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Unicef criticises Sonny Bill Williams for tweeting photos of dead children

Unicef says it won't condone rugby player Sonny Bill Williams' posting of pictures of dead children in Syria because it doesn't respect their rights in death.

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Sonny Bill Williams visits refugee camp in Lebanon

All Blacks star Sonny Bill Williams is humbled during his visit to a refugee camp in Lebanon. Vision courtesy UNICEF.

The All Black created an online stir by tweeting graphic images of dead children following his visit to Syrian refugee camps in Lebanon.

The photos depict two children lying dead with horrific injuries. Fairfax has chosen not to publish the photos.

Man of the people: Sonny Bill Williams listens to Fatima's story.
Man of the people: Sonny Bill Williams listens to Fatima's story. Photo: Twitter: @UNICEFNZ

"What did these children do to deserve this?" the caption sent to his more than 500,000 followers read. "This summer share a thought for the innocent lives lost everyday in war."

The high-profile sportsman travelled to camps in the Bekaa Valley earlier this month as a Unicef ambassador.

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But Unicef NZ spokesman Patrick Rose says while Williams' emotional reaction to the situation is admirable, the global charity can't condone posting pictures of dead children.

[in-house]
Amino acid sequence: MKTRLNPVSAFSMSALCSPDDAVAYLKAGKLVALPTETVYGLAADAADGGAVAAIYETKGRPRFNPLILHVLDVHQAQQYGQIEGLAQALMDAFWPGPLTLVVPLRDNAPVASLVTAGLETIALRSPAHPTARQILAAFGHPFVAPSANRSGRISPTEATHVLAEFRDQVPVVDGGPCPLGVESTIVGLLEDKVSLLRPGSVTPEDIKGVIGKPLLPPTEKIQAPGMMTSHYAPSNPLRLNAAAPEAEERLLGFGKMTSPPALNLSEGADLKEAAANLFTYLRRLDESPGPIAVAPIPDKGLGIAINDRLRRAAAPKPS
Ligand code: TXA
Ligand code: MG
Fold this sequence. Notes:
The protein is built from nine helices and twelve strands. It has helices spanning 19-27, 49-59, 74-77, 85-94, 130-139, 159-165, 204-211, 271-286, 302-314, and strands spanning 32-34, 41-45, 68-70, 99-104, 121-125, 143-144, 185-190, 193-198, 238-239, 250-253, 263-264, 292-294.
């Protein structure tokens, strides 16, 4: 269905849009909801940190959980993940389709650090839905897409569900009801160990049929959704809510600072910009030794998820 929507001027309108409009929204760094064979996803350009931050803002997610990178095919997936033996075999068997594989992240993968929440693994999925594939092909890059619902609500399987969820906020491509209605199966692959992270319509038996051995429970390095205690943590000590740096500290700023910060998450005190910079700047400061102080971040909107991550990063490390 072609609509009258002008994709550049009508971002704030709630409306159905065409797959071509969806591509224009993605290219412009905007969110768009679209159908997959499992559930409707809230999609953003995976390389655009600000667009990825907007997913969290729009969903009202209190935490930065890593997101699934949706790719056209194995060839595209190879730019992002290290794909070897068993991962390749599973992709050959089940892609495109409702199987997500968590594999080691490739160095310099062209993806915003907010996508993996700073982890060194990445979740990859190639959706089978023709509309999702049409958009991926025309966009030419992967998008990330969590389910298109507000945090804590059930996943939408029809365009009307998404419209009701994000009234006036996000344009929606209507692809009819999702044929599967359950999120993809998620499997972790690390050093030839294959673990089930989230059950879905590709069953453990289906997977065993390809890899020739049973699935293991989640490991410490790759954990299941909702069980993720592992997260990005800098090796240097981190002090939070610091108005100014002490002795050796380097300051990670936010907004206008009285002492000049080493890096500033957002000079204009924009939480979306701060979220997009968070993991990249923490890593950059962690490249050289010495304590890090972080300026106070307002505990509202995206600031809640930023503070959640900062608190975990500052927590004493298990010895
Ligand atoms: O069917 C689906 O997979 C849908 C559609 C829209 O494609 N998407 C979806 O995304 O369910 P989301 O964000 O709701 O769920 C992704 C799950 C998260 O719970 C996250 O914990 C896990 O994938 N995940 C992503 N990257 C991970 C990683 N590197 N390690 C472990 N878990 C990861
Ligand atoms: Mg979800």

He said the organisation took children's rights seriously both in life and death and publicising pictures of their deaths breached those.

Mr Rose said the organisation was now talking to Williams about how they would go forward and hoped in future they could better co-ordinate a response together.

It was not up to Unicef to tell people how to deal with their own personal shock, he said.

The images also drew a critical reaction from some of Williams' Twitter followers. They pointed out some could have reacted adversely to the images and his young followers would also have seen them.

"Too late if they've already seen these pictures. He should at least have included a trigger warning," one said.

Another said Williams was insensitive and young people followed him because he was a sports star not for his politics.

Some however, were supportive. "It is a ferocious reality. Good on him for sharing. People can un-follow," one said.

Williams has also spoken about his visit to the camps on YouTube.

AAP